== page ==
The kindergarten partners each faced five file folders, 10 plastic cups and 20 smaller paper cups. They had 10 minutes to combine the items into the tallest tower they could make. And they had an audience. The teams were competing in the Chocachatti Elementary School Science Olympics, under the direction of science lab teacher Ruth Markham. They were the tower-building winners in their classrooms and, at the Olympic event, were being cheered on by their classmates.
Other grade-level events went on throughout the day.
First-graders made aluminum boats that were tested to see how many marbles they could hold.
Second-graders designed paper airplanes.
As the grade levels went up, so did the degree of engineering difficulty. The third-grade balloon racers were made from pasta wagon wheels, pipe cleaners, drinking straws and masking tape.
Fourth-graders made marshmallow fliers (catapults) using paper cups, pop cubes (plastic toys that lock together), paint stir sticks, rubber bands and masking tape.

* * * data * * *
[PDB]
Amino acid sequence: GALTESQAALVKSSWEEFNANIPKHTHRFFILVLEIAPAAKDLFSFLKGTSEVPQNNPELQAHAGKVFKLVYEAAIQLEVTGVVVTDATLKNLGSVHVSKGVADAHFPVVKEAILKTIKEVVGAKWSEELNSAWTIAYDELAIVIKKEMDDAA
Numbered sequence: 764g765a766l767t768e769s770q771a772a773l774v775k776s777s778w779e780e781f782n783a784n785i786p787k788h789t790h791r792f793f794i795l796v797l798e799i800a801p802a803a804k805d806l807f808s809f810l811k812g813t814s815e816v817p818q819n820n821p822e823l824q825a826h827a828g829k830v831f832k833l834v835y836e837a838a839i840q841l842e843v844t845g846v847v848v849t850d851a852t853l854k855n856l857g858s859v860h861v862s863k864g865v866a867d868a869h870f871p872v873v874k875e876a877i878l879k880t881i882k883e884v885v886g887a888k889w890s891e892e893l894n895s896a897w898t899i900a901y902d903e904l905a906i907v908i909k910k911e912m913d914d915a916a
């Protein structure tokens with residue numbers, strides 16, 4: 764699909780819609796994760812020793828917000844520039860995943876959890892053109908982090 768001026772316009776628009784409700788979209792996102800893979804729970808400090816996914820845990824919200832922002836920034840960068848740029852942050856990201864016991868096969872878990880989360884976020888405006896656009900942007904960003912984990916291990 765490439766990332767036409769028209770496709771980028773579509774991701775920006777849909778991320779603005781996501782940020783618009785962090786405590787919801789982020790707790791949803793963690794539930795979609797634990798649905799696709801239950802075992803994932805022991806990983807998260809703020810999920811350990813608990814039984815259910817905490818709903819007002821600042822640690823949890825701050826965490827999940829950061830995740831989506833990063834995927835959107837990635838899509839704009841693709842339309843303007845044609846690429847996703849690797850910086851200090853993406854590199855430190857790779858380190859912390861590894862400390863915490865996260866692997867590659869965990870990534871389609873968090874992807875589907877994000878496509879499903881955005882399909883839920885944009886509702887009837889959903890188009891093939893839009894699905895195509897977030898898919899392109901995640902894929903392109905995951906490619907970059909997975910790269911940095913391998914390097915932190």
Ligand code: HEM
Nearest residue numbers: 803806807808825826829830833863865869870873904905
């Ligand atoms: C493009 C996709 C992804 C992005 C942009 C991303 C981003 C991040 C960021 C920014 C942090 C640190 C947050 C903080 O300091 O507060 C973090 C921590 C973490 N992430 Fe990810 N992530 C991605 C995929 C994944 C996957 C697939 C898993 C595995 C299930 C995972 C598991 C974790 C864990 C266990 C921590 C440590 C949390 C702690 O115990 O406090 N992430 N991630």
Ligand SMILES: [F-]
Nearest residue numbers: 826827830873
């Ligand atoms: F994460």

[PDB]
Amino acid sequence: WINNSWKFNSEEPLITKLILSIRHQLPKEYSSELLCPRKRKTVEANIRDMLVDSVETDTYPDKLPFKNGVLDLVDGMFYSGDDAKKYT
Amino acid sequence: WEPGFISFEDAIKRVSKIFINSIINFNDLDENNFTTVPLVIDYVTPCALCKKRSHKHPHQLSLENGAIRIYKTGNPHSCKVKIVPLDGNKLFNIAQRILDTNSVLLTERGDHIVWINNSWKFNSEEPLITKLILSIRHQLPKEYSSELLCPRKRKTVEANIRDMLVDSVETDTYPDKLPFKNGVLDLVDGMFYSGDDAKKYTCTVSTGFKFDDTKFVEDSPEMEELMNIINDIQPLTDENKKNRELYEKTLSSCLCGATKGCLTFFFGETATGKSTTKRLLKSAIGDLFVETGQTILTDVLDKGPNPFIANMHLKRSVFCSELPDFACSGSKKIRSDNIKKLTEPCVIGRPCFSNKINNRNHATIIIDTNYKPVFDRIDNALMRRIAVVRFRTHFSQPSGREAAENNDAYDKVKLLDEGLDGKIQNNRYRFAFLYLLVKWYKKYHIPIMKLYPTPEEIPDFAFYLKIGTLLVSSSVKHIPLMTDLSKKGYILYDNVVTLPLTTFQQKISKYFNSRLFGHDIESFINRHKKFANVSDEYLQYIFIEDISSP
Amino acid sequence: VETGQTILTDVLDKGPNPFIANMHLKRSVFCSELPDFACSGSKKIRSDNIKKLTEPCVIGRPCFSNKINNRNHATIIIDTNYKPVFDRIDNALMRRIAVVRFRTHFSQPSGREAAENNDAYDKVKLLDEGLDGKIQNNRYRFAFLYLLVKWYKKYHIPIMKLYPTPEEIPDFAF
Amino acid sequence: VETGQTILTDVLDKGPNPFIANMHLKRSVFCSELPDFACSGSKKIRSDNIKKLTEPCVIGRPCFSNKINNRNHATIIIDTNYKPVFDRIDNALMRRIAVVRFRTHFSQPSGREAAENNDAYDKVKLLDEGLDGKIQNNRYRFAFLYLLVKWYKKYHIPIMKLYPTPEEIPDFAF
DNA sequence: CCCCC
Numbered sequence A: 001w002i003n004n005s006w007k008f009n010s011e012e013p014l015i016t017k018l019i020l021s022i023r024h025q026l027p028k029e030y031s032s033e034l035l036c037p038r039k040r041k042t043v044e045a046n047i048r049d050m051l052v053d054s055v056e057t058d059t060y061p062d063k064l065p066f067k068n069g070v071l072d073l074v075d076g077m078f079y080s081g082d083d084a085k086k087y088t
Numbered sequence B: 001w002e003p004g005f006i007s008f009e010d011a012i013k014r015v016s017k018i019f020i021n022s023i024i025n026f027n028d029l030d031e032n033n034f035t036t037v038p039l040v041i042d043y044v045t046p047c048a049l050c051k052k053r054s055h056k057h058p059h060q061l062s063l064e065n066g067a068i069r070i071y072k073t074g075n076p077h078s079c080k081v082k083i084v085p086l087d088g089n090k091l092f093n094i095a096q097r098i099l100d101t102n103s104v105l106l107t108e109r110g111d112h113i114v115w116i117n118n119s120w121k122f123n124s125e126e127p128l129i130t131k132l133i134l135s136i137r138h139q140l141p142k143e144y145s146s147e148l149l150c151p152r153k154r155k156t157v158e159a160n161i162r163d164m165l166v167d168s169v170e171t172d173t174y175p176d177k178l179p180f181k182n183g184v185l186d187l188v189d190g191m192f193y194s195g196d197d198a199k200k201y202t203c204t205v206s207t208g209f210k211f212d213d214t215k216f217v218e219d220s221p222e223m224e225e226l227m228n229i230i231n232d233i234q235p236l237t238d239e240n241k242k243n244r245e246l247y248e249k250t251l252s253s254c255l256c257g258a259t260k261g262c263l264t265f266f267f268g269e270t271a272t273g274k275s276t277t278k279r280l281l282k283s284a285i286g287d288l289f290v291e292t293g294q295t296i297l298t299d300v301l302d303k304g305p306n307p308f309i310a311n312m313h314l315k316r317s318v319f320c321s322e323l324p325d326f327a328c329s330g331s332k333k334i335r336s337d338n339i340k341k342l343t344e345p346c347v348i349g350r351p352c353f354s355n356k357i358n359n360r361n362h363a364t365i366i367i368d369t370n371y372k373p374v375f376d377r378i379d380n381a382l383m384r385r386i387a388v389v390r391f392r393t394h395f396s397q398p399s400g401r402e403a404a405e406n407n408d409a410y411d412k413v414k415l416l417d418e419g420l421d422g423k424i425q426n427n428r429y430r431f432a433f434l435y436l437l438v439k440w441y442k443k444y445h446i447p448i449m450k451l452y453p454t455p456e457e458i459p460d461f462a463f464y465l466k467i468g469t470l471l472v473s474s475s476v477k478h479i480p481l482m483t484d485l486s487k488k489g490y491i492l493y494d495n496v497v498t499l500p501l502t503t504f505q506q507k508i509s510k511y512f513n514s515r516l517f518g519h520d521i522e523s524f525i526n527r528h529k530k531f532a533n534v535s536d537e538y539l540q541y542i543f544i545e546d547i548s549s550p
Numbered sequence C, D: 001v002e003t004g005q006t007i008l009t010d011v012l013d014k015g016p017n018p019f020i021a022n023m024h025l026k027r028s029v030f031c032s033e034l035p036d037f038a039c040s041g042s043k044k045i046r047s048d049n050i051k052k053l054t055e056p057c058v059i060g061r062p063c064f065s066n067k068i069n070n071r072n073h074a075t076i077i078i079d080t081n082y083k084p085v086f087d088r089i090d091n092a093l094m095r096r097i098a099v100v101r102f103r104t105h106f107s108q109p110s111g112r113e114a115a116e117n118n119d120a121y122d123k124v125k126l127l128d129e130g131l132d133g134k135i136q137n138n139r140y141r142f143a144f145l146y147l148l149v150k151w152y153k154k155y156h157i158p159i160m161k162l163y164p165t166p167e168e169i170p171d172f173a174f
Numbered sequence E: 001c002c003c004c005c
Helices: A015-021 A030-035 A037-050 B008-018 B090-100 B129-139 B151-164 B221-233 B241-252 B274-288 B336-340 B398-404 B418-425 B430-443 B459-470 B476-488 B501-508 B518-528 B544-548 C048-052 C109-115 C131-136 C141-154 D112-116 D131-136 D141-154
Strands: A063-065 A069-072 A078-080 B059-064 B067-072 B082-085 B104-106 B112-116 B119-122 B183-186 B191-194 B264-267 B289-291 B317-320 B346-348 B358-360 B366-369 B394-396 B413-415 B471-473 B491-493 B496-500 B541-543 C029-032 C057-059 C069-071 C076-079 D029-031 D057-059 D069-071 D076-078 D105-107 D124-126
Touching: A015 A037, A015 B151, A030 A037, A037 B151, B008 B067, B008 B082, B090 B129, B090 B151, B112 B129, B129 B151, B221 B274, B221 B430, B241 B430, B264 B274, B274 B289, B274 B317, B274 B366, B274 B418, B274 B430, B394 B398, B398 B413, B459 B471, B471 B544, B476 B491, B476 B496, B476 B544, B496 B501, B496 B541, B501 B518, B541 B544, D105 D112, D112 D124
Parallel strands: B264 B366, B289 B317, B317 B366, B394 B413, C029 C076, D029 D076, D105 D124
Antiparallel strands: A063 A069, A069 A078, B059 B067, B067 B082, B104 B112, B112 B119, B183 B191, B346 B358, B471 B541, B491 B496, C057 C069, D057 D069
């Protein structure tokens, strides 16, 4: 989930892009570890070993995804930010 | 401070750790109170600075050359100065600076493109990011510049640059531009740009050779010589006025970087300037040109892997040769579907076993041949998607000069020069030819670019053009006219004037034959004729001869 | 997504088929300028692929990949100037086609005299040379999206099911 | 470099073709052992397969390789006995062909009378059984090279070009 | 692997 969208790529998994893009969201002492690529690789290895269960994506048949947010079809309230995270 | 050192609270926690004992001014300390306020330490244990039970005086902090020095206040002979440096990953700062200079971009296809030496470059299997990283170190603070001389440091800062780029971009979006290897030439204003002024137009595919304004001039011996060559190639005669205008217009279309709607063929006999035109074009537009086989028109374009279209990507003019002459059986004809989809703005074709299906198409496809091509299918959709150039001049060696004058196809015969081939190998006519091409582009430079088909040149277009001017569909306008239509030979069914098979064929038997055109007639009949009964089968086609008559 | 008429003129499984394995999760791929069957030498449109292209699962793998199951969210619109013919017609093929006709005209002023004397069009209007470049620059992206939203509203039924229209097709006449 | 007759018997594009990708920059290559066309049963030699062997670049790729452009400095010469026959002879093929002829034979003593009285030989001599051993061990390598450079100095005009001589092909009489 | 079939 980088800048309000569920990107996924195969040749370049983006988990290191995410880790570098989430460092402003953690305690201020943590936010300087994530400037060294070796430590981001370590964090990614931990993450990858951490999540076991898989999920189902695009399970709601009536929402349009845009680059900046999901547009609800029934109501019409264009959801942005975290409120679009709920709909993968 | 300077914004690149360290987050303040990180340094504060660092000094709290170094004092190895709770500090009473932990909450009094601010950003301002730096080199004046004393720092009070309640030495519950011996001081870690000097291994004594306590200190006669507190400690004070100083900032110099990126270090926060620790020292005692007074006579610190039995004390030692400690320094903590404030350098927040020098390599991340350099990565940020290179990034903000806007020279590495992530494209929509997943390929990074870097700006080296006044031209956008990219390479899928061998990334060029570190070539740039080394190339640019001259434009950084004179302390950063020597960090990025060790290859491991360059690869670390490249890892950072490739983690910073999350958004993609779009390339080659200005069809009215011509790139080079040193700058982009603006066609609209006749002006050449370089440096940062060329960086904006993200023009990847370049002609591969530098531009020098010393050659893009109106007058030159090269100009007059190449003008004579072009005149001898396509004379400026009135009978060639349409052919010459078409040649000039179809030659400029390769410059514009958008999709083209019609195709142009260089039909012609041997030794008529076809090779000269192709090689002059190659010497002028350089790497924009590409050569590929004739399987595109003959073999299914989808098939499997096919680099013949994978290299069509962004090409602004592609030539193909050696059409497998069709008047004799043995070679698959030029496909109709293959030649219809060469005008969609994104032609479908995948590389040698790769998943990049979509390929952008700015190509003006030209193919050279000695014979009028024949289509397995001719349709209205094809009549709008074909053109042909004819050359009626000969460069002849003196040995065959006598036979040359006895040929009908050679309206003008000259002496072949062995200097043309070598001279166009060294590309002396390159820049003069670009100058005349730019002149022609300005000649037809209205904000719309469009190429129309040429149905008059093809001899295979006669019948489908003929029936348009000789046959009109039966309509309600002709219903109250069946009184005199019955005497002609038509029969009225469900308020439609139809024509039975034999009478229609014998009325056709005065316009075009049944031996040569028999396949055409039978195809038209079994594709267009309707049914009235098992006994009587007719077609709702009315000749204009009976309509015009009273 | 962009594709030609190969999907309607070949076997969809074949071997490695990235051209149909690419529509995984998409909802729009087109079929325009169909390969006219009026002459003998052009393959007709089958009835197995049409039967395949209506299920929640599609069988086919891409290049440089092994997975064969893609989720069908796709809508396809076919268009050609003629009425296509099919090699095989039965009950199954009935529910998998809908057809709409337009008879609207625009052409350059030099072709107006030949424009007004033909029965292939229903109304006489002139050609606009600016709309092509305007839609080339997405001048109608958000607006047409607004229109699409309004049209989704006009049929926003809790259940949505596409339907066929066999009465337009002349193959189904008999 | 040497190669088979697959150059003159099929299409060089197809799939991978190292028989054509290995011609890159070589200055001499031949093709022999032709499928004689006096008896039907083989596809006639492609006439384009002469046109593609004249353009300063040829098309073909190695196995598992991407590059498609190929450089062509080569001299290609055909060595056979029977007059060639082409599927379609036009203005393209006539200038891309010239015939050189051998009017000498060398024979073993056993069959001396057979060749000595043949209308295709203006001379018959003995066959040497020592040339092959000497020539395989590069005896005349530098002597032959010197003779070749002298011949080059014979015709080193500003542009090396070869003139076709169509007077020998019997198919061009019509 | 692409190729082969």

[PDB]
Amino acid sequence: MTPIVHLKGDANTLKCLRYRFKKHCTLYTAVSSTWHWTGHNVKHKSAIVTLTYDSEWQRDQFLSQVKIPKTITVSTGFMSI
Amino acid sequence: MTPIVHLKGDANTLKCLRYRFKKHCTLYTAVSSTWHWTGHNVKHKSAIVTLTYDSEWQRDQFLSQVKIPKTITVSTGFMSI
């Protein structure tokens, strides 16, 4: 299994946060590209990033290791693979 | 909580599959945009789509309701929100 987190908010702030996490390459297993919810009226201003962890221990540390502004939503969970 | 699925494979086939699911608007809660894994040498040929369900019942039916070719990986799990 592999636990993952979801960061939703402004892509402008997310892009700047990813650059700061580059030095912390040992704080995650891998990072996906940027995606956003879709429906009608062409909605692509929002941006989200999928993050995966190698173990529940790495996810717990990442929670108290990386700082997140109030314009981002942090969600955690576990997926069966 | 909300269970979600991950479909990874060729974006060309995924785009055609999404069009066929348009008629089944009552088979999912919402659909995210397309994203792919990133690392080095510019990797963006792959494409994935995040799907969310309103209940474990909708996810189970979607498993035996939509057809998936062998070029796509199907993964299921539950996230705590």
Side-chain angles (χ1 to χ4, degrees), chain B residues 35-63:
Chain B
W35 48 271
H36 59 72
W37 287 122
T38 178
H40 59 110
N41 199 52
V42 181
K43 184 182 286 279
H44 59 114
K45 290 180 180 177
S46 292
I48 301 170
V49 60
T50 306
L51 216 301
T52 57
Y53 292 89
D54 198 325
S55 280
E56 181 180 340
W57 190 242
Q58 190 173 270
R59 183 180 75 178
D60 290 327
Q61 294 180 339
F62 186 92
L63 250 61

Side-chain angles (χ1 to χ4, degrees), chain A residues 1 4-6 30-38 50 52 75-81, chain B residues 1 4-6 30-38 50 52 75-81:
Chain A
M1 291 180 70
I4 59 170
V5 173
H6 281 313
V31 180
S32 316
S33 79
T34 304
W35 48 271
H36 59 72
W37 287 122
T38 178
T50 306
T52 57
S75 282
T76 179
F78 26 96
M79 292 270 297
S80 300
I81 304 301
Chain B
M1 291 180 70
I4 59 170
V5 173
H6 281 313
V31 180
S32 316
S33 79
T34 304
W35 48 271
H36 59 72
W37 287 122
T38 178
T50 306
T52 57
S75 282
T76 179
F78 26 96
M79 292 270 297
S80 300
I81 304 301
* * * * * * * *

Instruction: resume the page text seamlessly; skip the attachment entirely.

Fifth-graders constructed marble roller coasters using 3 ½-inch pieces of 1-inch pipe insulation, paper cups, masking tape and a student-size chair. The idea was to roll a marble into a cup and measure how far the cup would go.
"They're learning basic engineering, and they've got to think about all the design principles that make those things work the best," Markham said.
Jazlyn Brown, 6, and Nani Langley, 6, were kindergarteners building towers. Jazlyn explained why the big cups should be on the bottom.
"They might be kind of stronger," she said.
Nani said the purpose of the folders was "so we could set 'em on the cups."
The girls' tower was the tallest in their classroom, and both showed just how tall by putting their hands up just short of their heights.
Nani suggested a reason Mrs. Markham has them start in the Science Olympics in kindergarten.
"Because we can be good at it in first grade," she said.
Winners in the Chocachatti Science Olympics included:
• Kindergarten tower building: Isaiah Monticelli and D.J. D'Acunto for their 85-centimeter tower.
• First grade: Jack Benoist, whose aluminum boat held 105 marbles.
• Second grade: Cameron Zack, whose paper airplane flew 600 cm.
• Third grade: Sydney Benoist and Antonia Matos, whose balloon racer rolled 212 cm.
• Fourth-grade marshmallow fliers: Isabella Traudt and Madison Kilday, who catapulted a marshmallow 915 cm.
• Fifth-grade roller coasters: Max Carlson and Dylan Kelly, whose marble rolled off their roller coaster traveling 85 cm.